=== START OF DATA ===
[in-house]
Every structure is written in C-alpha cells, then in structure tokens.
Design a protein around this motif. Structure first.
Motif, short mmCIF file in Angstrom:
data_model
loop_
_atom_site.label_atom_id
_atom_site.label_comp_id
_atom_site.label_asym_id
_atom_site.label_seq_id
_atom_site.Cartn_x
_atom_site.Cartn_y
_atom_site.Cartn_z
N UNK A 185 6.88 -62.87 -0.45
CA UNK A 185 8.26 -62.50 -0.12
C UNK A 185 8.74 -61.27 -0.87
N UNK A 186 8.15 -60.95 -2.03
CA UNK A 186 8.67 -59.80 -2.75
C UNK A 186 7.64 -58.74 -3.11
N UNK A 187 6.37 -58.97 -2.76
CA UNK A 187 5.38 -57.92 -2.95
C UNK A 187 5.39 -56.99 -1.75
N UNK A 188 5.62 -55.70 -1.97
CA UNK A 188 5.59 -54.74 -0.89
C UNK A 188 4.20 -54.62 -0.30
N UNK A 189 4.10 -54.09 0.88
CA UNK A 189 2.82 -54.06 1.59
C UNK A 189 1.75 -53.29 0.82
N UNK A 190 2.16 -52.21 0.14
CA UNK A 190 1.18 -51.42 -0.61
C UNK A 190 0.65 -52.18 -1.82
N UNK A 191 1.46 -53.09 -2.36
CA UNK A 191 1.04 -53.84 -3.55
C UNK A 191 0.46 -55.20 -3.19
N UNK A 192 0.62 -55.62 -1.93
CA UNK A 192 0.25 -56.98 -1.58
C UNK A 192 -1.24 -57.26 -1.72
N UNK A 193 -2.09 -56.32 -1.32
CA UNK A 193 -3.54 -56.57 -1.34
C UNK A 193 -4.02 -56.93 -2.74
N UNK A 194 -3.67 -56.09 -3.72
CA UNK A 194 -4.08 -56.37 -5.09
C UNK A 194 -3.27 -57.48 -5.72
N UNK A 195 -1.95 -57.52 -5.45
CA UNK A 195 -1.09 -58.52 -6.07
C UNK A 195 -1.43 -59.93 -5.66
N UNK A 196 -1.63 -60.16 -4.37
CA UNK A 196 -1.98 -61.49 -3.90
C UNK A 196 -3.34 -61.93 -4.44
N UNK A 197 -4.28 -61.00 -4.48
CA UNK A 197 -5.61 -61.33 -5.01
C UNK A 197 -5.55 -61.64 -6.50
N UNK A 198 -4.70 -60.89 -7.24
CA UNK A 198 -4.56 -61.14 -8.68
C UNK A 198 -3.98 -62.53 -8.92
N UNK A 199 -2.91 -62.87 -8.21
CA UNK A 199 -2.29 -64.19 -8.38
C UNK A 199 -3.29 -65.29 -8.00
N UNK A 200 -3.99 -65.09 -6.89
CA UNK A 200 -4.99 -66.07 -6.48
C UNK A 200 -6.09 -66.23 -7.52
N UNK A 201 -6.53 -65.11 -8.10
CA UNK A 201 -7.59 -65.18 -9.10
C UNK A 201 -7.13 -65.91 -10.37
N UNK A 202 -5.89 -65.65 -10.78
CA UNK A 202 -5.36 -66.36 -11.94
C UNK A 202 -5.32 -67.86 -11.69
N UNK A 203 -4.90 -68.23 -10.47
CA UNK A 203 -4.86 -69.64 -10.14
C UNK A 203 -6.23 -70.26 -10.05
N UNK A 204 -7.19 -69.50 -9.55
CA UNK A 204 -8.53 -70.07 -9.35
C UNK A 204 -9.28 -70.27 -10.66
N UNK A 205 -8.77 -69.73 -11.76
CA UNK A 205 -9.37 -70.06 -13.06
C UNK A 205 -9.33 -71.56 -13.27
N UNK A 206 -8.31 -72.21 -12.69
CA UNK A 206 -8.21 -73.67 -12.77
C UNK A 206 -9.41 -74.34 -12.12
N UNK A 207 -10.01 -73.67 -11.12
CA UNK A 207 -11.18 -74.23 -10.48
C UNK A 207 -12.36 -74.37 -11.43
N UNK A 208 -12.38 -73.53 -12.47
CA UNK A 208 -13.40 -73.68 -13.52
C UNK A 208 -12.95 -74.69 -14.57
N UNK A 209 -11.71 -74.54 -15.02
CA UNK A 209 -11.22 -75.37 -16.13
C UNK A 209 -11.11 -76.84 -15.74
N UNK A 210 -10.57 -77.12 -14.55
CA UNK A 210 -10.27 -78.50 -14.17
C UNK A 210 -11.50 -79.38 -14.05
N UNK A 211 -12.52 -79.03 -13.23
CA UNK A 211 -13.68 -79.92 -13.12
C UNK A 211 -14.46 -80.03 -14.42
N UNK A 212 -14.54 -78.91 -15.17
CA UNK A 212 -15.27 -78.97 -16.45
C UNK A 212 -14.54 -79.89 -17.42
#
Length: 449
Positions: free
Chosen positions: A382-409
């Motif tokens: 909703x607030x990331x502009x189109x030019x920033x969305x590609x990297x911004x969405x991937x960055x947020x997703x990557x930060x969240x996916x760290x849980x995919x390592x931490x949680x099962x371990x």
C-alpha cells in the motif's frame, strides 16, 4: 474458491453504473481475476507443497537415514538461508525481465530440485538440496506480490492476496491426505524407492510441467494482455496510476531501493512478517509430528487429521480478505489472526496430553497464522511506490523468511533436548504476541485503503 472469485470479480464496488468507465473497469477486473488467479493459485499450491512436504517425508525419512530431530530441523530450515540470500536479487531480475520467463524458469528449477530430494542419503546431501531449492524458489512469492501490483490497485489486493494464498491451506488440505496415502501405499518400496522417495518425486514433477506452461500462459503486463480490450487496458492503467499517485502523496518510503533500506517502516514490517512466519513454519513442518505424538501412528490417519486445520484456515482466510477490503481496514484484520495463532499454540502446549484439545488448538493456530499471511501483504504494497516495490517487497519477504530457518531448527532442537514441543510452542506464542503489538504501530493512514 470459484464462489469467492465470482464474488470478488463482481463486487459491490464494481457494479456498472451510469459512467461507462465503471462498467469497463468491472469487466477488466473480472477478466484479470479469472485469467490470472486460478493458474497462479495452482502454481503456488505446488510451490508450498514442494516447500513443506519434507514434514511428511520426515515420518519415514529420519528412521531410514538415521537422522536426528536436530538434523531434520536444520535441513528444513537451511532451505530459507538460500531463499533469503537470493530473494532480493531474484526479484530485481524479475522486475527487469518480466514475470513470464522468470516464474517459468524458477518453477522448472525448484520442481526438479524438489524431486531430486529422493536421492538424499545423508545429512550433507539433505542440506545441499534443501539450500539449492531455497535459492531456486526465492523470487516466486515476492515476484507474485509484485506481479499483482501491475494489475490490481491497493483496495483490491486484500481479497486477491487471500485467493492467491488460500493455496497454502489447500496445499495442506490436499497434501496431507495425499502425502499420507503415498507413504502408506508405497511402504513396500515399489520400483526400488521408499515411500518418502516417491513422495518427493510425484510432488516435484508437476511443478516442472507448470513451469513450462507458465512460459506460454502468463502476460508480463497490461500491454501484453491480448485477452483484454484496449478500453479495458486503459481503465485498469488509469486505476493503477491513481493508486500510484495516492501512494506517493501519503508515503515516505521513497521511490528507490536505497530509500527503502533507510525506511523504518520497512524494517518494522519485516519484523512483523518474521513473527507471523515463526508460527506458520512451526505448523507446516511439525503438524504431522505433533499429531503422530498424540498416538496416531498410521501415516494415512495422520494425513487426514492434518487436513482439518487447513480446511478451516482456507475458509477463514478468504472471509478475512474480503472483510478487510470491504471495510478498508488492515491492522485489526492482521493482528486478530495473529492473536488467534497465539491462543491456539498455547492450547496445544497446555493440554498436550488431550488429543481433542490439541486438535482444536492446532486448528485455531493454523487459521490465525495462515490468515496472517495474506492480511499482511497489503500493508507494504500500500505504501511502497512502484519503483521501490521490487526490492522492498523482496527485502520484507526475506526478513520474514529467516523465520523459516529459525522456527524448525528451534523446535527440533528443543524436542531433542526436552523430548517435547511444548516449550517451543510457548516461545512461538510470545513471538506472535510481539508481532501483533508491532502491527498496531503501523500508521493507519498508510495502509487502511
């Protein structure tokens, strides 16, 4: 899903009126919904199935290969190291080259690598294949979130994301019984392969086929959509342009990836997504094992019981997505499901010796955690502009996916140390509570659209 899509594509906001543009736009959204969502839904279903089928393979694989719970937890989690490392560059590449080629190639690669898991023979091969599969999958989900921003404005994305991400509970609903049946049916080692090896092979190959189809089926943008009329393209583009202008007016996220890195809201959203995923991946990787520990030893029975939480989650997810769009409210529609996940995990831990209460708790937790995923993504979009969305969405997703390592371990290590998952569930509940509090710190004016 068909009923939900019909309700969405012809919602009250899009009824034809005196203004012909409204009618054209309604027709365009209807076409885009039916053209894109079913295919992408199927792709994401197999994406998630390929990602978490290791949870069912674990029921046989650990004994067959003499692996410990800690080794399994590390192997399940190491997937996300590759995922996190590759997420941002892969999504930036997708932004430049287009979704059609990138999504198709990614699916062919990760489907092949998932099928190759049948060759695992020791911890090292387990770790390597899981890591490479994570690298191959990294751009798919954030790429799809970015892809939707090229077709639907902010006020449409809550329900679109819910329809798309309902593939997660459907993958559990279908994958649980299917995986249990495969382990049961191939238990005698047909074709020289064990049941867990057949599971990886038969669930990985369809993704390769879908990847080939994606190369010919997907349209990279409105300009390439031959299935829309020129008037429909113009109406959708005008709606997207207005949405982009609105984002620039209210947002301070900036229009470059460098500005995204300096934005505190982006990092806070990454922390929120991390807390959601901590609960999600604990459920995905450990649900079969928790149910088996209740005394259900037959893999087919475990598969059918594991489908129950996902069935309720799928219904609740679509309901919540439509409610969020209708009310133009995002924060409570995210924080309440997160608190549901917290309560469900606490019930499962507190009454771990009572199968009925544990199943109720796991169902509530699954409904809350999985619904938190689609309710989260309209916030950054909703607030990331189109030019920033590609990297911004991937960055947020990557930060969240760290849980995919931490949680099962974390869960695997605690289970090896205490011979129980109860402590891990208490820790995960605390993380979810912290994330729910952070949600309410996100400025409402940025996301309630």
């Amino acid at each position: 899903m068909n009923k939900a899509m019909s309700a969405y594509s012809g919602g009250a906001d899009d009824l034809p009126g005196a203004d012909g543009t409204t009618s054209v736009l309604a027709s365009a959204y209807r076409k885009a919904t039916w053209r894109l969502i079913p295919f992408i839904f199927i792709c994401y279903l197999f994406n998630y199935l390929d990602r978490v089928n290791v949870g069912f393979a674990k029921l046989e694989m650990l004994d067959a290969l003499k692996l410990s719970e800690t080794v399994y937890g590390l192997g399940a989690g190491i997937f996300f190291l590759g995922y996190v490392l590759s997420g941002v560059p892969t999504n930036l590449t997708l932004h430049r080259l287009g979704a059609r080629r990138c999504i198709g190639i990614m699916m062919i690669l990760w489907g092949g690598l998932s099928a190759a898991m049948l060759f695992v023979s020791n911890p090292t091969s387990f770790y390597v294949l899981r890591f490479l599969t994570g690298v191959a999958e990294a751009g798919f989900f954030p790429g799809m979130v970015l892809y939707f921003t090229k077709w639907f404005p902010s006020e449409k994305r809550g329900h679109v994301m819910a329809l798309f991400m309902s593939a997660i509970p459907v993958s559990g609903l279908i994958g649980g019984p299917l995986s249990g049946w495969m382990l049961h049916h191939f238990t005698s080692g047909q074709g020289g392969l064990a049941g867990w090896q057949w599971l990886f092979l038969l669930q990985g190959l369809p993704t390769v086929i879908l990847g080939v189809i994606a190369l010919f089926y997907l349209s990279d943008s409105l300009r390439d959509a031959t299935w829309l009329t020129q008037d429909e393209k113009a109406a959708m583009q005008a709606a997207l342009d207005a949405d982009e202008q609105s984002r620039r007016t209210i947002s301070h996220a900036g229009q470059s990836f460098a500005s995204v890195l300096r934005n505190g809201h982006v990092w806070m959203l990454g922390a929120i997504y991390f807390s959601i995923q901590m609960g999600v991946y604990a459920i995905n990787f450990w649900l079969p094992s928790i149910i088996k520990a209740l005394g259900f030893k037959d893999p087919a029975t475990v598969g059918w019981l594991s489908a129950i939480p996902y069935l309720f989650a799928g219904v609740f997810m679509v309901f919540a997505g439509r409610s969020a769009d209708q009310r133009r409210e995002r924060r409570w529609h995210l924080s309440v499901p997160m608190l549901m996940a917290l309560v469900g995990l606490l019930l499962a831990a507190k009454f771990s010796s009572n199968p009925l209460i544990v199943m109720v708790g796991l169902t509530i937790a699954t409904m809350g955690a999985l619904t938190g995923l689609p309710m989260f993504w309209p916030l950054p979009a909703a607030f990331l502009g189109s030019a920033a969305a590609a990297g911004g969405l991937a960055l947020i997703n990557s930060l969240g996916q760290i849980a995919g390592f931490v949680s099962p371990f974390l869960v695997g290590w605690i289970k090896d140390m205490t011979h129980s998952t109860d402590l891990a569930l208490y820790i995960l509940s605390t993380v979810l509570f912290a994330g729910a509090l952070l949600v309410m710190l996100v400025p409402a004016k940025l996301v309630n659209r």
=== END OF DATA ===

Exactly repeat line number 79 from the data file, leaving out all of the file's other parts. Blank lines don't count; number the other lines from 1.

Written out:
C UNK A 206 -9.41 -74.34 -12.12